Journal Record Staff Reporter
Disbursement of federal aviation trust fund money is
distributed fairly and equitably among the 50 states, so there's
not much chance that Oklahoma's share will increase appreciably,
the nation's top aviation official said Tuesday.
Oklahoma officials have complained for years that of the
federal aviation taxes paid from the state, only 4.6 percent is
returned annually for use on airport improvement projects. This
figure, however, is misleading, said David R. Hinson,
administrator of the Federal Aviation Administration.
"If you look at a particular time period, I'm sure that you
can make a case that one state or the other is not getting its
fair share returned," he said during a press conference in
Oklahoma City. "But all the states get anywhere from zero to 100
percent of their tax money back. It just depends upon which time
period you are looking at.
"In the short term, I'm sure that Oklahoma does not receive as
much as it contributes, but over the long term, you will receive
a good share. I'm convinced that the aviation trust fund is
distributed equally, even-handedly and equitably among the 50
Hinson, an Oklahoma native, was visiting the FAA's Mike
Monroney Aeronautical Center at Will Rogers World Airport to help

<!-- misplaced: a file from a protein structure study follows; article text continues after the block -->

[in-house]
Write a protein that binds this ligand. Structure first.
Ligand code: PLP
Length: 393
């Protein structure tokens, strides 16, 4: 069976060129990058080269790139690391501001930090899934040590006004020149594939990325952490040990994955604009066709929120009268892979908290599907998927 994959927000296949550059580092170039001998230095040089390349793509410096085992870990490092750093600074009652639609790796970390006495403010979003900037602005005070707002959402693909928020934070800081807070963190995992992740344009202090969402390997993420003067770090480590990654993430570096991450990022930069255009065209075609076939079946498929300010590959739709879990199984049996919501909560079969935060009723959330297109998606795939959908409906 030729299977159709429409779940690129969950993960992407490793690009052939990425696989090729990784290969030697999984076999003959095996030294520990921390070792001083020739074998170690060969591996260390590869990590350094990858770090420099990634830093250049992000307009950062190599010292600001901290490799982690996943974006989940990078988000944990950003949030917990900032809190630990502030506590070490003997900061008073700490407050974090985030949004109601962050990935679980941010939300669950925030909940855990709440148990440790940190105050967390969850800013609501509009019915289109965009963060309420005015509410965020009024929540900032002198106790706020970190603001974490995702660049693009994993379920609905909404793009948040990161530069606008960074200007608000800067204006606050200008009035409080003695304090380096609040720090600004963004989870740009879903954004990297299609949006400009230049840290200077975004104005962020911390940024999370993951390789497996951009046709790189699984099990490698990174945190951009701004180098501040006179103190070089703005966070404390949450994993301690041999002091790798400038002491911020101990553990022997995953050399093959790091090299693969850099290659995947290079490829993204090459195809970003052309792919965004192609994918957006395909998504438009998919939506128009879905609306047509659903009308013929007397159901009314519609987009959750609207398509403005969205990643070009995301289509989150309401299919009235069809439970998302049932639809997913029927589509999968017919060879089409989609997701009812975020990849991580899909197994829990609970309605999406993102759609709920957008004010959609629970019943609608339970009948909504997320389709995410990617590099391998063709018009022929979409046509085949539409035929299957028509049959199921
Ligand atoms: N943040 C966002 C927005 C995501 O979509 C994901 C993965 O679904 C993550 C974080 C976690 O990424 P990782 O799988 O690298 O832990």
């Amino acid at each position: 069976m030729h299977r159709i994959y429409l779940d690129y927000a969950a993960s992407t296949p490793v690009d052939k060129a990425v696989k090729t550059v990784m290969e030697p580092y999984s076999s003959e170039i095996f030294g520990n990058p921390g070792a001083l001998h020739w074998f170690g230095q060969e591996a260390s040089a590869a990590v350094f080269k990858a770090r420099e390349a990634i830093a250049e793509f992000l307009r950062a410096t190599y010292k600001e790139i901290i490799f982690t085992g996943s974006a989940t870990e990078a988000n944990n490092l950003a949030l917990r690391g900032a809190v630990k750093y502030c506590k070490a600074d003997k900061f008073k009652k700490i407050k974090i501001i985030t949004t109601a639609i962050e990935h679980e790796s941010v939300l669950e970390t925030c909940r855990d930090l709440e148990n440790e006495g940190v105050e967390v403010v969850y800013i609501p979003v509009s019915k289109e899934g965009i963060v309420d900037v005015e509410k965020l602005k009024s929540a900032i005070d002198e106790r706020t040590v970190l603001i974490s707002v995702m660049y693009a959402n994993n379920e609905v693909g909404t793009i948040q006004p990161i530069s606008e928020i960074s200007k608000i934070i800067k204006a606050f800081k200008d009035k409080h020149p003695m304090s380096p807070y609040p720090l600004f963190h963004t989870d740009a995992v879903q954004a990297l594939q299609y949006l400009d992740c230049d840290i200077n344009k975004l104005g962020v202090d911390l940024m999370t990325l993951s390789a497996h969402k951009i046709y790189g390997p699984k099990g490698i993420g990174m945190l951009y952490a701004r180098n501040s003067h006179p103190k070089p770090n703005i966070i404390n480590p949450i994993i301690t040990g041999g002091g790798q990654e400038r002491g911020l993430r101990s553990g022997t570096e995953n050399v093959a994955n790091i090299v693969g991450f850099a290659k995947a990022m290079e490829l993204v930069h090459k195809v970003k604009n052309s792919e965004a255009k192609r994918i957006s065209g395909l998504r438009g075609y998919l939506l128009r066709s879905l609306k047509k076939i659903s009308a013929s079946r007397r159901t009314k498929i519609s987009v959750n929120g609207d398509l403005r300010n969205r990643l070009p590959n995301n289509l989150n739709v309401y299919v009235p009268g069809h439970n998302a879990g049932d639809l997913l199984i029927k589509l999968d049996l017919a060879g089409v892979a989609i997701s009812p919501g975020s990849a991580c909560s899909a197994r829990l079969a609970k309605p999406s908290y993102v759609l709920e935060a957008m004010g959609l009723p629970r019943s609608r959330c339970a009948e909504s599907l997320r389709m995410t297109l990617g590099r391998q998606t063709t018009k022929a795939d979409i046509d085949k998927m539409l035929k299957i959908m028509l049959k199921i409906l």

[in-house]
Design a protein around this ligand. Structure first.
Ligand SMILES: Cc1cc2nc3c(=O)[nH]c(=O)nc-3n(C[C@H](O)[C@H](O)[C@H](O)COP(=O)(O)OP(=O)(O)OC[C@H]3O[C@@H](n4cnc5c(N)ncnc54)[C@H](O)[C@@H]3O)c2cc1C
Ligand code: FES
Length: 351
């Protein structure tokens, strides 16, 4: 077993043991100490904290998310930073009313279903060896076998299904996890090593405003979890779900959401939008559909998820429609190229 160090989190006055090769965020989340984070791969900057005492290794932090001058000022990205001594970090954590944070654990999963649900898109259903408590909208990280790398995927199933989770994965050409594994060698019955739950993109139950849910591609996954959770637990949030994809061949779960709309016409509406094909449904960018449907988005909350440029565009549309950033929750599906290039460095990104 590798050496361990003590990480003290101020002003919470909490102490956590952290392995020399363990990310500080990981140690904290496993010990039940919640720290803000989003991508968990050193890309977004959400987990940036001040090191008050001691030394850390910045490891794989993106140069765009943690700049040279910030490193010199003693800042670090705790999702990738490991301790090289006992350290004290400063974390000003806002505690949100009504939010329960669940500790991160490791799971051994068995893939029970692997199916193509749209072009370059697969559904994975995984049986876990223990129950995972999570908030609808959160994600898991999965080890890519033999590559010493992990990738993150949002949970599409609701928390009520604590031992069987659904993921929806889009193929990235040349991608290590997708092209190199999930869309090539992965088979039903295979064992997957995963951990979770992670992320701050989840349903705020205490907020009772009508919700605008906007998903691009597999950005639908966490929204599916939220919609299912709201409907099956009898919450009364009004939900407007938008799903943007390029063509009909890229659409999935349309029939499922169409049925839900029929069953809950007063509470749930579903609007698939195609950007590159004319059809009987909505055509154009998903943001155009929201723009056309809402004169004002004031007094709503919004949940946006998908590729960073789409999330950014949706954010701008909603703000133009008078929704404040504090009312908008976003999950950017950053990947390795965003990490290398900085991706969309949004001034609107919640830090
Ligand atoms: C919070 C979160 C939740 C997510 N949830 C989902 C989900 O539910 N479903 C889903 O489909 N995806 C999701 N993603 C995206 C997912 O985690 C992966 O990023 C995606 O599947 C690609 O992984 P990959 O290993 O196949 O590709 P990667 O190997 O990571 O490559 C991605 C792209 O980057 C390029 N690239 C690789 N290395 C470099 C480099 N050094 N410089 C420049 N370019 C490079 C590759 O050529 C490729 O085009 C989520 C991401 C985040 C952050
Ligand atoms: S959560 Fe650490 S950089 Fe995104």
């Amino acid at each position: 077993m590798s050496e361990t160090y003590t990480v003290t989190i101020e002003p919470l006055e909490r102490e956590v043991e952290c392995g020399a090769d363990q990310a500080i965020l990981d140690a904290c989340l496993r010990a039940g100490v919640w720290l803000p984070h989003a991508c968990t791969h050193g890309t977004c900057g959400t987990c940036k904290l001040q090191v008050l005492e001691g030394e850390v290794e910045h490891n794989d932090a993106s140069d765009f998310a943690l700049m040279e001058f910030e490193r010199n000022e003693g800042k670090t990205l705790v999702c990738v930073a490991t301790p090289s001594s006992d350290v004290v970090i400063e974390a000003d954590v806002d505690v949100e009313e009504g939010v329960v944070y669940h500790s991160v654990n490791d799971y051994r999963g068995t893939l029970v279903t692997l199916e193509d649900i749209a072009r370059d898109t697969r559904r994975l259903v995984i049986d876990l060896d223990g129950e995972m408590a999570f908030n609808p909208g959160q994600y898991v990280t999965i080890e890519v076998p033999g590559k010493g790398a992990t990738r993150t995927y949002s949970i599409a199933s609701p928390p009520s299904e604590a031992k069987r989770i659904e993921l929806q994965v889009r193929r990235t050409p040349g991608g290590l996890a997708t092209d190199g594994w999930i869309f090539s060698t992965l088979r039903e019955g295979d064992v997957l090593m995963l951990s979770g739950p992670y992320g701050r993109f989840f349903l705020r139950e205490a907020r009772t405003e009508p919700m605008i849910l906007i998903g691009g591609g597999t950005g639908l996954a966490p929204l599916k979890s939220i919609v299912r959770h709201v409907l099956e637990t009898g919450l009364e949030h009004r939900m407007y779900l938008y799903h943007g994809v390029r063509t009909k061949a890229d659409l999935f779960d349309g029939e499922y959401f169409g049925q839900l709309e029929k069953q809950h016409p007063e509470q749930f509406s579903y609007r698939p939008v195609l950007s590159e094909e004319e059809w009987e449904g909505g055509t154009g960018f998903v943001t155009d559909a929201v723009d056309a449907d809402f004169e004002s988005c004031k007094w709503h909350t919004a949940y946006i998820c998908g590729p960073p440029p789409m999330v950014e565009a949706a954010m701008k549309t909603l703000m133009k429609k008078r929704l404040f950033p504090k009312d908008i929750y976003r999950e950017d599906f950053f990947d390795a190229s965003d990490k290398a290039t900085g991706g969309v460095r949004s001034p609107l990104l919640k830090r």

prepare for Partnership 21 which will bring about 100 aviation
leaders from Latin America and the Caribbean to Norman June
12-17. That program, which is expected to attract senior
officials, mostly directors of civil aviation, is co-sponsored by
the FAA's Office of International Aviation and the University of
Oklahoma College of Continuing Education.
"We want to expand our aviation partnership among the
countries from Canada to Chile and Argentina," Hinson said. "We
want to make sure that we are ready for this wonderful
opportunity to show the good Oklahoma hospitality."
Objective of Partnership 21 is to form mutually beneficial
international alliances for the 21st Century by encouraging a
cooperative effort with the FAA , participating regions, academia
and private sector aviation companies and associations, the FAA
It will involve discussions, presentations and demonstrations
on aspects of civil aviation, including the FAA's experience in
plans for global navigation satellite system and other
modernization programs in use or planned.
One of the aspects of the program, Hinson said, will be
discussions on aviation safety which has gotten a big boost in
the United States recently. There have been no passenger
fatalities on commercial airlines in the United States in two
years, and only one fatality on the ground, Hinson said.
"In the past three decades, there have been remarkable
improvements in flight safety," he said. "If you look at our
accident record in 1961 and consider the passenger miles flown
that year, with the same safety record with the number of
passenger miles flown in 1994, there should have been 245